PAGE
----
As I begin work on The Golden Dragon in preparation for the UK Tour, I am constantly reminded of the fact that this is fantastic theatre, based on a masterful play. Composer Peter Eötvös has turned this play into a thrilling piece of music theatre, with extraordinary music that deepens the power of the original text and provides an additional layer of characterisation. As far as I’m concerned, this is the perfect territory for Music Theatre Wales. For audiences, it’s the perfect introduction to our work and to the world of music theatre.
The original play is by one of Germany’s most important and recognised playwrights – Roland Schimmelpfennig. His work has been performed across the globe, and his most recent play, Winter Solstice, was performed by ATC following their huge success with The Golden Dragon, and was another example of the way he explores a troubling contemporary political and social issue through overtly theatrical means. In the case of The Golden Dragon, the performers introduce the characters they are about to play, and then we watch the performer take on the role, with lashings of humour and theatrical relish. In so many ways, the idea of translating this play into an opera seems to break all the rules: the singers are required to play multiple roles, often cross-gender, and they narrate the story they then perform – not the usual territory for singing, which usually attempts to reveal the emotional truth of the character and the drama.
However, as the piece moves from slap-stick knockabout comedy into much darker areas such as sexual exploitation, the music starts to dig ever deeper. There are some extraordinary moments of vocal characterisation, such as the overwhelming excitement of the Grandfather who sees his Granddaughter glowing in her pregnancy, and the immature boyfriend who cannot cope with the concept of fatherhood, but the moment when the operatic necessity of musicalisation and sung text really rings true, comes towards the end of the opera as the body of The Little One floats home to China. He had toothache, but with no money and no papers, he couldn’t see a dentist, so the other cooks took the matter into their own hands. The young soprano who performs the role narrates the journey home and composer Peter Eötvös turns this into a moving and highly charged “aria”. The Little One never sings about how he feels – none of the opera cliché stuff about love or death – but through the singing and the music we fully understand exactly how his spirit feels to be returning home, as so many migrants might wish to do but are never able to achieve, dead or alive.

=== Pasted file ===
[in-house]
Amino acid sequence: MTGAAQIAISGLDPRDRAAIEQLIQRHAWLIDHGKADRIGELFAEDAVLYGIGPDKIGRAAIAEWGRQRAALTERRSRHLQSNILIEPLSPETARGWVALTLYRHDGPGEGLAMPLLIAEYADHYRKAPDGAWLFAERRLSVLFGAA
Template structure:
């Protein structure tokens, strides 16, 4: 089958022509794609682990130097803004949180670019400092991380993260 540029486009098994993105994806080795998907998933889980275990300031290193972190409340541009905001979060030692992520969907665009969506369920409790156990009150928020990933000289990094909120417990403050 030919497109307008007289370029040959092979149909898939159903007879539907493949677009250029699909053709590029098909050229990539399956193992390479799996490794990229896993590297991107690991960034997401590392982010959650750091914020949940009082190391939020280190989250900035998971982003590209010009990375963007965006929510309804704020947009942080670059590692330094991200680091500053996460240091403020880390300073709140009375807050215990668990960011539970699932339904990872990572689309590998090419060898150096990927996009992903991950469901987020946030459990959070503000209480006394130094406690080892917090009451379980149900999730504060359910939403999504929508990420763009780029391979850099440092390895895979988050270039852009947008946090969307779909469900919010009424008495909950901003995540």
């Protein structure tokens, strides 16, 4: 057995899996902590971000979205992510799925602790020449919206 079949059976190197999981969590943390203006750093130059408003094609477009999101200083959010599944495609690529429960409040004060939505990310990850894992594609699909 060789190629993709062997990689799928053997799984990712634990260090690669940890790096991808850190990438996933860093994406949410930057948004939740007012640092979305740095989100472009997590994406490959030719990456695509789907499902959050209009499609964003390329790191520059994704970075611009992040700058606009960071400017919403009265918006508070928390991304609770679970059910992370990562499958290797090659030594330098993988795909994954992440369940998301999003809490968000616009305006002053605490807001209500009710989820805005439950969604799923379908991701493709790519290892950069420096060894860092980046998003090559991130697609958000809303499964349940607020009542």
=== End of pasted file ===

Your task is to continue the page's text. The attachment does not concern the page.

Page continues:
And so The Golden Dragon shines a light on the plight of so many lives lost and exploited through migration, but never in a didactic or tub-thumping way. This isn’t the old theatre of political protest, but a thoroughly entertaining and engaging piece of storytelling that draws us in and leaves us thinking about what may be going on right under our noses, right here and now.
Image: CLIVE BARDA/ ArenaPAL
It is an incredible privilege to be working on an opera that through brilliant text and music is also right on the nail in terms of contemporary relevance. I want to share it with as many people as possible, especially theatre goers who may think “Opera” is not for them. It may well not be, but this is not “Opera” as you know it.
SHERMAN THEATRE Friday 22nd September
BIRMINGHAM REP Tuesday 3rd October
BASINGSTOKE ANVIL Thursday 12 October
PONTIO BANGOR Wednesday 18 October
SNAPE MALTINGS ALDEBURGH Saturday 21st October
HACKNEY EMPIRE Tuesday 31st October
So what is Arts Scene in Wales?: